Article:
Much autism research has focused on the social, communication and cognitive difficulties associated with the condition. However, recent years have seen an increasing interest in the motor side of autism spectrum disorders (ASD)1, with several researchers going as far as proposing that impairments in the prospective control of movements2,3 may be predictive of ASD and may even underlie some of the core features of ASD4. Despite this enthusiasm, relatively little quantitative information is available about prospective movement alterations in ASD and questions remain regarding whether (and to what extent) kinematic patterning permit differentiating ASD and non-ASD profiles over and above individual differences in motor output5.

Recently, researchers have started to address these questions by applying machine learning as a tool for multivariate analysis with the goal of finding inherent patterns in kinematic data. In a typical application, a machine learning classifier is trained to distinguish ASD and non-ASD movement patterns on one part of a data set. Then, the classifier is tested on the remaining data. This results in a certain fraction of accurate classifications. If the classification accuracy lies significantly above the level expected by chance (e.g., 0.50), it can be concluded that a difference between classes exists. Studies applying this approach to prospective movement data suggest that patterns related to ASD can be classified with near-perfect accuracy6,7. The caveats inherent to applications of machine learning methods for identifying group differences in movement data, however, are rarely considered8.

A first caveat relates to confound variables, that is, variables that in the selected sample have an association with diagnosis group, but are uninteresting from a clinical perspective9. Consider, for example, movement variations related to age. In a sample in which ASD children, say, are younger than typically developing (TD) children7, the classifier is not only learning movement features discriminating ASD and TD movement, but also age-related features. This can lead to overestimate the information that is computationally available to differentiate ASD and TD movements.

A second caveat relates to individual variations in motor outputs. Individuals show variations in motor outputs that are both consistent within a given individual and differ from one individual to another10,11,12,13. When repeated measures from the same individual are randomly assigned to training and testing as in common machine learning approaches using record-wise cross-validation6, algorithms can learn the association between individuals’ movement signature and their diagnostic label. This can lead to identity-confounded predictions, where the easier task of identity classification de facto circumvents and replaces the harder task of diagnostic classification14.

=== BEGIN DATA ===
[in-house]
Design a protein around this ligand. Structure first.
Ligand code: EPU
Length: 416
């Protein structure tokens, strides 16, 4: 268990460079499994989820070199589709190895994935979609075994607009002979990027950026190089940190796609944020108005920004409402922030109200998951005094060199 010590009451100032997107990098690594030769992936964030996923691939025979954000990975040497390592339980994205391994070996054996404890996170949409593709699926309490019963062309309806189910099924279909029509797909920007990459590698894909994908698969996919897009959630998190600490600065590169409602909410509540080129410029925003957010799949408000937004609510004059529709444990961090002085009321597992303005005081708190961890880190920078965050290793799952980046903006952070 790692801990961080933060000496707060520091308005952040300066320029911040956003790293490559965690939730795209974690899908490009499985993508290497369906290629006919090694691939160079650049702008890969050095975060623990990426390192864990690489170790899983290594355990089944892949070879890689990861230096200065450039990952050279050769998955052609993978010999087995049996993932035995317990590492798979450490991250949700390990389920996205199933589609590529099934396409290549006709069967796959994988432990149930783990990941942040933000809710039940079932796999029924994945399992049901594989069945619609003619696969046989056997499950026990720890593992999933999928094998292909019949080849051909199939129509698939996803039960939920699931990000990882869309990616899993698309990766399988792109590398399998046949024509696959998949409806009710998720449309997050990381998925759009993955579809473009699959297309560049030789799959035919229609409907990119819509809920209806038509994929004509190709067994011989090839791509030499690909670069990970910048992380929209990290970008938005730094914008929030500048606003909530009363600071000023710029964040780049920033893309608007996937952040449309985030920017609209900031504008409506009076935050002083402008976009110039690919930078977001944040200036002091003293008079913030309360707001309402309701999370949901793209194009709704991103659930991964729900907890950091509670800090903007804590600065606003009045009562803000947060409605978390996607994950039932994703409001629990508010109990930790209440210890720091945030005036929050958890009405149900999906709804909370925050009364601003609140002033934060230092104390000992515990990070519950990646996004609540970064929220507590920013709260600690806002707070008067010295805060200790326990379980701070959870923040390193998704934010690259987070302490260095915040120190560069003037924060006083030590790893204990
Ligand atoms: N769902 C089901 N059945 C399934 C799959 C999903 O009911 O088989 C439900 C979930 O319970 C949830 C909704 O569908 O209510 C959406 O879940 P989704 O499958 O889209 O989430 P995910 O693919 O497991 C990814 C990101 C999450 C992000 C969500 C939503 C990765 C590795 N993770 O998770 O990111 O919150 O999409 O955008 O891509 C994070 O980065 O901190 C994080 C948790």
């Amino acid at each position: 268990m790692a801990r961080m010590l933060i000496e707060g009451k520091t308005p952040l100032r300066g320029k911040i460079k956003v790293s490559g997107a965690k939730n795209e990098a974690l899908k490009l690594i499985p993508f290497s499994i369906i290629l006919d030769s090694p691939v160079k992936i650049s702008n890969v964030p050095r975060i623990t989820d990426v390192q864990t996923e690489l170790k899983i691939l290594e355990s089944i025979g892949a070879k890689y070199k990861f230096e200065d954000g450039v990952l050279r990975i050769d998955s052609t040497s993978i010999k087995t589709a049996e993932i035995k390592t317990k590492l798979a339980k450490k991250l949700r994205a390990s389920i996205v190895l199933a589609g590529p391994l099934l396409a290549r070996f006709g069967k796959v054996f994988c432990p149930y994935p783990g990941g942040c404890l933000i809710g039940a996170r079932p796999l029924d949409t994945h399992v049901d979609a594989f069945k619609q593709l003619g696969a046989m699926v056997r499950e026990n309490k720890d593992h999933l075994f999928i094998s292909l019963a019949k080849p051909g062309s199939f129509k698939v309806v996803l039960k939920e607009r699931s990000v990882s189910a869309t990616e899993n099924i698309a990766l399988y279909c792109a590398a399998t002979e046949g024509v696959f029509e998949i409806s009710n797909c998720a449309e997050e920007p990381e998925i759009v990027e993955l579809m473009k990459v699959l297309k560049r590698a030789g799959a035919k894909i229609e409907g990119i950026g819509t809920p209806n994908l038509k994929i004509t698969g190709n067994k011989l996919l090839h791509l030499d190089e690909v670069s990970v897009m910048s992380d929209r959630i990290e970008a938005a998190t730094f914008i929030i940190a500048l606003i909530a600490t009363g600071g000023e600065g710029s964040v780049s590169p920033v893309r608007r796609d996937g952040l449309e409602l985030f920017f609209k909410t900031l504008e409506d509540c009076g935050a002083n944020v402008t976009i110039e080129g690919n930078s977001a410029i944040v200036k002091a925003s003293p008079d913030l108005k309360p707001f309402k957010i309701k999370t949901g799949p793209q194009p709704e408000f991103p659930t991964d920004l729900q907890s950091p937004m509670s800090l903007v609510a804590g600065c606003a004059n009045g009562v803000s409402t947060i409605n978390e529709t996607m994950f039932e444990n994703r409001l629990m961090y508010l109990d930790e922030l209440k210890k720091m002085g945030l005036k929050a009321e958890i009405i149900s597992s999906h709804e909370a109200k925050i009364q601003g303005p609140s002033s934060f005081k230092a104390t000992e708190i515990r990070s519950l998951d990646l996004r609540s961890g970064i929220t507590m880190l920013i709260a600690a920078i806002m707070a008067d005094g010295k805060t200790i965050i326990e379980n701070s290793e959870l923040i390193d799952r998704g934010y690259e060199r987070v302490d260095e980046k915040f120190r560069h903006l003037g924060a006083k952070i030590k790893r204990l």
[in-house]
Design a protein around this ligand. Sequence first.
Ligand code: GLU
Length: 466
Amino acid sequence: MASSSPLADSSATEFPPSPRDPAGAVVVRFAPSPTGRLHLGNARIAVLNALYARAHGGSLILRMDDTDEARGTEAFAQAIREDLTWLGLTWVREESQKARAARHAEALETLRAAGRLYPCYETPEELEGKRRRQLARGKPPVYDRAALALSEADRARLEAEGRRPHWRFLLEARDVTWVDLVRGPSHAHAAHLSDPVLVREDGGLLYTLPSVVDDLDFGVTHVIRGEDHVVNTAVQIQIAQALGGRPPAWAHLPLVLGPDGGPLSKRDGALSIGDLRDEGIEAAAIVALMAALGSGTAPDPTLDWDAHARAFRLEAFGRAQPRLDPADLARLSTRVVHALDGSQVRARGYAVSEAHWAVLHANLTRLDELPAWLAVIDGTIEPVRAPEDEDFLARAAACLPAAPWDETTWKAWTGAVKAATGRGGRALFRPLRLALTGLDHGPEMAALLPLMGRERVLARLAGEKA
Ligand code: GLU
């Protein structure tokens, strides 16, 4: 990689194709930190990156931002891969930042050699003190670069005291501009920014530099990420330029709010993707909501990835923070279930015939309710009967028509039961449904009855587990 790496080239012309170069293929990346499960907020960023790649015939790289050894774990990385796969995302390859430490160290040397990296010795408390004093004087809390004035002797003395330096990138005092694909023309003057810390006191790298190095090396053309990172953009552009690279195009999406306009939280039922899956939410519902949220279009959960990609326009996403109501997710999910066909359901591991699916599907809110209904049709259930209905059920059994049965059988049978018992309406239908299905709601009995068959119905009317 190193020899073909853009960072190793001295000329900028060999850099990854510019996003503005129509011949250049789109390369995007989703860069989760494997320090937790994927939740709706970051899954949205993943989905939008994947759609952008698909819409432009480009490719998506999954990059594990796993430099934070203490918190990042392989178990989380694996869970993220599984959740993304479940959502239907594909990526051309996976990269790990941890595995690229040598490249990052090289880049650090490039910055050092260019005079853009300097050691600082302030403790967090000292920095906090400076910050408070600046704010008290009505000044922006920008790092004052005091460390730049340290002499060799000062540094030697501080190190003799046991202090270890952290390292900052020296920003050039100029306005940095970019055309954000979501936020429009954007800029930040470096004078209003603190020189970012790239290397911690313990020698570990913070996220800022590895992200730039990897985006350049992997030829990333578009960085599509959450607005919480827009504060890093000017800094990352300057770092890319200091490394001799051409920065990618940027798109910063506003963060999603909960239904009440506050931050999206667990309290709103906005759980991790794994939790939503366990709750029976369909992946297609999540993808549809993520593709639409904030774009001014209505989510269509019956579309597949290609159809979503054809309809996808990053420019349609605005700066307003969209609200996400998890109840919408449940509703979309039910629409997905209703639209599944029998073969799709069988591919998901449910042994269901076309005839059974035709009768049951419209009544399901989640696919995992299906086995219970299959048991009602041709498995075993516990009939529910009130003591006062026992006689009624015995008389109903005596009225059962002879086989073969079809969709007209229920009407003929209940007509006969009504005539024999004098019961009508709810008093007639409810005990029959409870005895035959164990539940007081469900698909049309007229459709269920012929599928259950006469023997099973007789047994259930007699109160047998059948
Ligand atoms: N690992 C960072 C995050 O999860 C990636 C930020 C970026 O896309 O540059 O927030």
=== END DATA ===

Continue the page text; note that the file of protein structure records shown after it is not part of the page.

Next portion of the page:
Both these caveats are addressed in the present study. In a sample of cases accurately matched on age, gender, full-scale IQ, and stature, we use machine learning methods as a tool to determine the true power of prospective movement data to differentiate ASD and TD group profiles and predict the group of a previously unseen individual. We do so by contrasting record-wise data splits, where repeated measurements of each individual are assigned to both the training set and the test set, with subject-wise data splits, where any source of identity confound is neutralized by the assignment of all measurements of each subject to either the training set or the test set14 (see “Methods” section for details). Our results show that although movement is unique to each individual, differences in prospective motor control genuinely differentiate ASD from TD movement data.


Data for this study consisted of 1600 movements recorded from 20 ASD and 20 TD children reaching towards and grasping a bottle with one of three prospective intentions: place the bottle into a box (grasp-to-place), pour some water (grasp-to-pour) or pass the bottle to another person (grasp-to-pass; see “Methods” section). Visually, movement traces showed high variability across individuals (Fig. 1B–F) and trials (Supplementary Fig. S1), with variations across individuals greatly exceeding variations between groups (ASD, TD) in all extracted variables.

Figure 1
figure 1

(A) Image sequence of a reach-to-grasp movement with hand model overlay. (B–F) Kinematic profiles of reach-to-grasp movements performed with three prospective intentions (to place, to pour, to pass). Wrist velocity (B), wrist acceleration (C), wrist jerk (D), grip aperture (E) and wrist height (F) were extracted. Thick lines represent group average (red = ASD group, green = TD group). Thin lines represent trial-average of individual participants.

Intention classification

To quantify prospective modulation, we first attempted to classify intention, operationalized as onward action (place, pour, pass), from reach-to-grasp parameters, separately for TD and ASD data. Cross-validation using record-wise splits revealed that, in both groups, kinematics predicted intention above chance (TD mean ± SEM = 0.64 ± 0.02; p < 0.001, permutation test; ASD mean ± SEM = 0.57 ± 0.02; p < 0.001, permutation test). In line with15, prospective modulation was less pronounced in ASD movement profiles compared to TD movement profiles as indicated by a lower classification accuracy (p = 0.039, sign test).

Group classification